"He was still staring, as most men stared when they first set eyes upon Jirel of Joiry. She was tall as most men and as savage as the wildest of them, and the fall of Joiry was bitter enough to break her heart as she stood snarling curses up at her tall conqueror. The face above her mail might not have been fair in a woman's head-dress, but in the steel setting of her armor it had a biting, sword-edge beauty as keen as the flash of blades. The red hair was short upon her high defiant head, and the yellow blaze of her eyes held fury as a crucible holds fire."
With these words, C. L. Moore's heroine Jirel of Joiry was introduced to the world in "Black God's Kiss," published in Weird Tales 1934. Once again, Paizo Publishing's Planet Stories line fills a void in pulp fantasy. Collected in this volume are all six of Moore's stories of the medieval French swordswoman, the first female protagonist of note in the annals of sword & sorcery. Despite the impression the cover illustration gives, Jirel is no female Conan and would never be caught dead in armor so ludicrous (she is called a "lobster" by an antagonist who does not realize that it is a woman who nearly bested him in battle).
Jirel is the ruler of a fictitious fiefdom ostensibly in France sometime before the modern era but history is such a minor concern in these stories that they might as well be set in the Hyborian Age. She is thus a leader of man, who cares more about her domain and its people than she does about herself. Like Conan's first appearance in "The Phoenix on the Sword," "Black God's Kiss" features Jirel fighting to reclaim the rulership of Joiry by any means necessary. Though a warrior of no mean skill, it's interesting to note how differently she approaches than problem than did the Cimmerian in a similar situation. That different approach is one of many reasons why Moore's short stories are still worth reading almost 75 years later.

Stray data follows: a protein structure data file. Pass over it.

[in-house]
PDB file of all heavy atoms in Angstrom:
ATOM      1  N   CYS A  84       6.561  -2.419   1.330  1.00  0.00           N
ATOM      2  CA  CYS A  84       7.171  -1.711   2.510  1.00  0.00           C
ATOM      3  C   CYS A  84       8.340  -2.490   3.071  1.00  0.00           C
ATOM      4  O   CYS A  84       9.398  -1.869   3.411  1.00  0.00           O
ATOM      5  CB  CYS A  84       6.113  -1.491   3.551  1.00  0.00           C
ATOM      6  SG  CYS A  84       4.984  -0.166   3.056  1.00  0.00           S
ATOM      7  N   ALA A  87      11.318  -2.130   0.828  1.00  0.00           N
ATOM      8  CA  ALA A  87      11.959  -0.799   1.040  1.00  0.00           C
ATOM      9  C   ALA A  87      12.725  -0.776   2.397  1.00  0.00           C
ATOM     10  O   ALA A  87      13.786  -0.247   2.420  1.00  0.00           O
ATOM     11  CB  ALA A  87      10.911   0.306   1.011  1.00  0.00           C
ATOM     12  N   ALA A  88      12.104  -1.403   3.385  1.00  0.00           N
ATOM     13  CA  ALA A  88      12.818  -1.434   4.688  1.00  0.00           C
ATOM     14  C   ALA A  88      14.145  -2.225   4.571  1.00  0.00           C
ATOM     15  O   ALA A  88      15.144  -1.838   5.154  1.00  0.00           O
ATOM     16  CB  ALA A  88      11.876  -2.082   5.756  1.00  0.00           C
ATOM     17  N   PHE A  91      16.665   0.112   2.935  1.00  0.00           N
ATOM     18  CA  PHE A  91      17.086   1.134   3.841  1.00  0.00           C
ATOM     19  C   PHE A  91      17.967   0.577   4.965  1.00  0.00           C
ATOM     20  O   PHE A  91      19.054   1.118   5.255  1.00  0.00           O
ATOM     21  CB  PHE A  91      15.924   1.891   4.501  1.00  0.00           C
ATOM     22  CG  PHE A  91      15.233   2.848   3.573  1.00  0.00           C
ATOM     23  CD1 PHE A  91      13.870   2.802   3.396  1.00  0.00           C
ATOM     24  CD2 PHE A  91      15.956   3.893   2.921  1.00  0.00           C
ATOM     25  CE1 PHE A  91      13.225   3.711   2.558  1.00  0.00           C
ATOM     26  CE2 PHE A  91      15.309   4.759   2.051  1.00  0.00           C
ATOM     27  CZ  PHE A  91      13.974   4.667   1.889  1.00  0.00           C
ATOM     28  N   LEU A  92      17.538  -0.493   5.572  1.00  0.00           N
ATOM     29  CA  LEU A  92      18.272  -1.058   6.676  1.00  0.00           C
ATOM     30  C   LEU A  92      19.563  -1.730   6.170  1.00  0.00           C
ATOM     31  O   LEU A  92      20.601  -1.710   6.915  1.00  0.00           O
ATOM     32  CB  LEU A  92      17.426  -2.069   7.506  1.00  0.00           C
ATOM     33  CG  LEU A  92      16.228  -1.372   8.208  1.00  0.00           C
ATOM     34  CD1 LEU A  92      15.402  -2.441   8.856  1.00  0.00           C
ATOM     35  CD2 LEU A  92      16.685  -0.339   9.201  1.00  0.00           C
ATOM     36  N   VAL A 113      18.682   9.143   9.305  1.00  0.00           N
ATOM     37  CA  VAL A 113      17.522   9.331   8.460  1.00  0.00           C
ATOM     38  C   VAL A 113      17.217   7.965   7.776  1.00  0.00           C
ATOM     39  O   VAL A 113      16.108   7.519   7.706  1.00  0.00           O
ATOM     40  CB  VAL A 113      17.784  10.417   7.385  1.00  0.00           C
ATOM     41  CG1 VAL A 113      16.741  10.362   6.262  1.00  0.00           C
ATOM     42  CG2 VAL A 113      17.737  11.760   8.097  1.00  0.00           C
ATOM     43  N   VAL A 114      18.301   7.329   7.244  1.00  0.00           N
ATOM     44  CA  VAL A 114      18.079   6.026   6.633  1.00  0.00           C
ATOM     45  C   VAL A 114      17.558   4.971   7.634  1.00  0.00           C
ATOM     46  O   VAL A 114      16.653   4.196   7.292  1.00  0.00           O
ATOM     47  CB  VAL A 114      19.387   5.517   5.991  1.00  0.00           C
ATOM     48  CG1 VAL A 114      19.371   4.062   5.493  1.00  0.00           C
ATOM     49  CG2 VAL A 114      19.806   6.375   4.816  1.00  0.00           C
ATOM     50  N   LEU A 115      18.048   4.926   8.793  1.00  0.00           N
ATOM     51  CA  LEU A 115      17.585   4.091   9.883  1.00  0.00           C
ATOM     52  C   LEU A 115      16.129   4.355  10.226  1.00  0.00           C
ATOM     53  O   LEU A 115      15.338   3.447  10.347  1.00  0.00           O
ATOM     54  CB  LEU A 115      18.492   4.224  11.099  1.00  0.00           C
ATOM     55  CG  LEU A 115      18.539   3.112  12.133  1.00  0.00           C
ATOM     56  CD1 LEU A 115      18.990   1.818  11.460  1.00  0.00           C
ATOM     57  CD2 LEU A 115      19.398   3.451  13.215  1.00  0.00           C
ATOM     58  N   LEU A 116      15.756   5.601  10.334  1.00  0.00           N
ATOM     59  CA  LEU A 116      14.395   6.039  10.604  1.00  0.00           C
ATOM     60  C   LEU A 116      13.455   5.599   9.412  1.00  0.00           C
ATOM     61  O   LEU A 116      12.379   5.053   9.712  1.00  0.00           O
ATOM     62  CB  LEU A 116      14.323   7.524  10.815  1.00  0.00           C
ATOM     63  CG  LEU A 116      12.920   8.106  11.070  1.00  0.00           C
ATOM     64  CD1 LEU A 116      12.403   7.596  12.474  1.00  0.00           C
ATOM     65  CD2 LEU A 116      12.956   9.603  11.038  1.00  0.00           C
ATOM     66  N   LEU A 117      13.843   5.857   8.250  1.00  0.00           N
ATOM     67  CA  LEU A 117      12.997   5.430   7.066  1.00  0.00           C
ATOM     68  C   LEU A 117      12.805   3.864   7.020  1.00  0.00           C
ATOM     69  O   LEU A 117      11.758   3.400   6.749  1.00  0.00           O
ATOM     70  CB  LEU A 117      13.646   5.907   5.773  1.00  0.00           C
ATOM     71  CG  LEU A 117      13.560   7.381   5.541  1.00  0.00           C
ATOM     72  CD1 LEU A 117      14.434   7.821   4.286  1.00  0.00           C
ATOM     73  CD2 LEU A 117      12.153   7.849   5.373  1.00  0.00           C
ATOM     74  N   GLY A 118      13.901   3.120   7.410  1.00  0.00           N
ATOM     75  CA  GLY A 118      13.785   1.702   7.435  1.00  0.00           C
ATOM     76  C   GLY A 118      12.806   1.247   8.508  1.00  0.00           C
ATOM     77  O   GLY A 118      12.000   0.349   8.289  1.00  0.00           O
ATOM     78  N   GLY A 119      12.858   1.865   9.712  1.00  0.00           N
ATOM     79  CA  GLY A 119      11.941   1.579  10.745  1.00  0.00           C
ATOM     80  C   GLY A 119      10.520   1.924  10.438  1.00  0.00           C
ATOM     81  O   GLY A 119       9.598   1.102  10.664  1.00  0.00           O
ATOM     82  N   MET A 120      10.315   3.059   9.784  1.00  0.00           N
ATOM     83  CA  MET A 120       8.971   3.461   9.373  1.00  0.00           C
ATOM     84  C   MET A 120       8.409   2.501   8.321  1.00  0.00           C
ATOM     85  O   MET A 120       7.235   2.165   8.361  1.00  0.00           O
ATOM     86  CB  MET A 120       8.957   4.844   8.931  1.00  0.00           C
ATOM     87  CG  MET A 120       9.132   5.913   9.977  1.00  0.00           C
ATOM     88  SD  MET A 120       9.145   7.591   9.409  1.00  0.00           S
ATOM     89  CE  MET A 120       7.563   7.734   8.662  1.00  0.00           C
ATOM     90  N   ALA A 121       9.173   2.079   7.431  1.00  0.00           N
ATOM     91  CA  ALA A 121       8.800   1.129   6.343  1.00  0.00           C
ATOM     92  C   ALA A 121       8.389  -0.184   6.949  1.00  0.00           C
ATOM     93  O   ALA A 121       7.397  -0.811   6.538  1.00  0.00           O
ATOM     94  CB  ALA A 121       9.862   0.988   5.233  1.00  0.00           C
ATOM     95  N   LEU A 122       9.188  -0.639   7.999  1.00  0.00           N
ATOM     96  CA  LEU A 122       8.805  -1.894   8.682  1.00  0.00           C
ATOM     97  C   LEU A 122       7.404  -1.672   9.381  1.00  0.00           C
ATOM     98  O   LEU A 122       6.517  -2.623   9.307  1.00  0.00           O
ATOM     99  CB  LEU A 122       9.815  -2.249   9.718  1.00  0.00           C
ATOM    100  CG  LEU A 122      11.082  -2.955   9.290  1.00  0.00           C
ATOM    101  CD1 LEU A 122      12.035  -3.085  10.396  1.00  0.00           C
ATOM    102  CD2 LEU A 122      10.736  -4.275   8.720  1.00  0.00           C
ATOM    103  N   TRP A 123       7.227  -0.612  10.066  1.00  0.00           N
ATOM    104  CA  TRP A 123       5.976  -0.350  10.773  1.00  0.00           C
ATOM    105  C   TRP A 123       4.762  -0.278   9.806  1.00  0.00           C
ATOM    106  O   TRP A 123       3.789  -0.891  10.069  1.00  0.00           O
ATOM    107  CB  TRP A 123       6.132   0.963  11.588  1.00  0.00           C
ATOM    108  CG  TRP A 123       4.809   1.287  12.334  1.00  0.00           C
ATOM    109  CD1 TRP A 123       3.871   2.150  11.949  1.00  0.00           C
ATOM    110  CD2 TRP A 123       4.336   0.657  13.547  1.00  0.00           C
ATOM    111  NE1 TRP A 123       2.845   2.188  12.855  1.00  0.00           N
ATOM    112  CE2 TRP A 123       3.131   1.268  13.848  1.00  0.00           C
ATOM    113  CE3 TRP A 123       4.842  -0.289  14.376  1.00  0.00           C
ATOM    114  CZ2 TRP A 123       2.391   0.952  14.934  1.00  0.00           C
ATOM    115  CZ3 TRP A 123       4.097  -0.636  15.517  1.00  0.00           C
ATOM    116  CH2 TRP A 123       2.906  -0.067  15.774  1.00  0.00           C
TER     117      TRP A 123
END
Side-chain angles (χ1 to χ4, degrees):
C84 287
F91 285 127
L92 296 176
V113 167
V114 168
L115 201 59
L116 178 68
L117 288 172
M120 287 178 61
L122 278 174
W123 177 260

"Black God's Kiss" is unquestionably a classic of pulp fantasy and worth the $12.99 cover price alone. The other five stories in the collection are a mixed bag in my opinion, but each offers something for aficionados of the genre. The sixth story, "Quest of the Starstone," was co-written with Henry Kuttner, Moore's husband, and features a meeting between Jirel and Northwest Smith, making it a rather unusual story and another example of the blurry lines between science fiction and fantasy in those days (The story is also reprinted in the Paizo collection Northwest of Earth, which I discussed earlier). All the stories reveal the considerable talents of Moore, whose characters, even supporting ones, show greater depth than one would expect and whose plots were unusual even when originally published.
Paizo continues to do good work with their Planet Stories line. I have not regretted buying a single one and Black God's Kiss is no exception.